The Street of Crocodiles Summary & Study Guide

This Study Guide consists of approximately 21 pages of chapter summaries, quotes, character analysis, themes, and more - everything you need to sharpen your knowledge of The Street of Crocodiles.
This section contains 426 words
(approx. 2 pages at 400 words per page)
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The Street of Crocodiles Summary & Study Guide Description

The Street of Crocodiles Summary & Study Guide includes comprehensive information and analysis to help you understand the book. This study guide contains the following sections:

This detailed literature summary also contains Topics for Discussion on The Street of Crocodiles by Bruno Schulz.

"The Street of Crocodiles" is a collection of short stories by Bruno Shulz, set in a small city in Galicia, in what is now the Ukraine. With rich metaphor and the juxtaposition of fantasy and reality, the stories explore the different themes of the narrator's boyhood, the members of his family and the characters of the city he lives in. The city itself is an important character in the stories as well, it's labyrinth-like streets, it poor and rich neighborhoods and the commercialization of the Street of Crocodiles.

The narrative voice is sometimes overwhelmed by the differences between reality and the mundane. This is a vital symbol in the books, that the mundane is not sufficient enough to understand what is real in the life of a human being. The imaginary, in these stories makes the emotions, the characters and the city much more intense than they actually are, and that much more meaningful.

The majority of the 13 non-chronological stories slice of life stories concerned with the boy's father, Jacob. We watch Jacob fight a losing battle against insanity. Jacob is an exciting and fascinating character whose interests range from the breeding of exotic birds that turn into monsters, to the philosophy of existence. The shame of Jacobs' erratic behavior, of his fear and paranoia distances Jacob from his family. The narrator regrets how his father died, and admires him in retrospect.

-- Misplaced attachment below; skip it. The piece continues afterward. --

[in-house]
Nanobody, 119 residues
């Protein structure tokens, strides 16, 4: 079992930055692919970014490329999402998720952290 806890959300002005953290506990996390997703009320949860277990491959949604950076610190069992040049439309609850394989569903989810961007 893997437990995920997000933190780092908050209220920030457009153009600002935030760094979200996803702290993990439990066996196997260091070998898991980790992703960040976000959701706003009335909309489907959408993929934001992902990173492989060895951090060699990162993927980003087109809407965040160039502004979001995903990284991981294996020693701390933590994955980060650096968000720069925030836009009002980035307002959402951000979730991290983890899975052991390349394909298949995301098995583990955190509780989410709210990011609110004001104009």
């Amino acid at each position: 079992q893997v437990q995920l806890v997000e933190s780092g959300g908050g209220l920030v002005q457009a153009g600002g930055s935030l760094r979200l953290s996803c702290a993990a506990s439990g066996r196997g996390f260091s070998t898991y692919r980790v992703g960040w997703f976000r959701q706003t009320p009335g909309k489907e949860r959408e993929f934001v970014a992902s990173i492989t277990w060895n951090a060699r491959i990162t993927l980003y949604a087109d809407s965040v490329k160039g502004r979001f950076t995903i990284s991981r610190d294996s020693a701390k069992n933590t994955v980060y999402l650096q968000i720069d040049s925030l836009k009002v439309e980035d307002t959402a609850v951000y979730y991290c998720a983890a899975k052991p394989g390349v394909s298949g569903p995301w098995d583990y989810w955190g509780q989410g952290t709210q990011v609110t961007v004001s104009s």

There are minor characters that appear in many of the stories, such as Touya, the town's mad girl. In the first short story, "August," the destitute life that Touya lives as a homeless and mentally ill girl, is described in rich detail. Touya is someone isolated from the rest of the city because she, like Jacob, lives inside her own head. The surroundings are vivid for the reader, but invisible to Touya. Other minor characters represent failure or lost promise, like Emil. Emil is the narrator's cousin. He is a relatively young man who has traveled outside the city, but he is dull and sickly. Mr. Charles is another character full of the pathos of failure. Mr. Charles is described waking up and getting ready for the day. In the absence of his wife and children, who have left the city for the summer to escape the heat, Mr. Charles little movements have a passion and personality that is promising. Mr. Charles life is wrapped up in the moments he spends sleeping, dreaming and getting ready for work. As soon as Mr. Charles leaves for work, his individuality leaves him.

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This section contains 426 words
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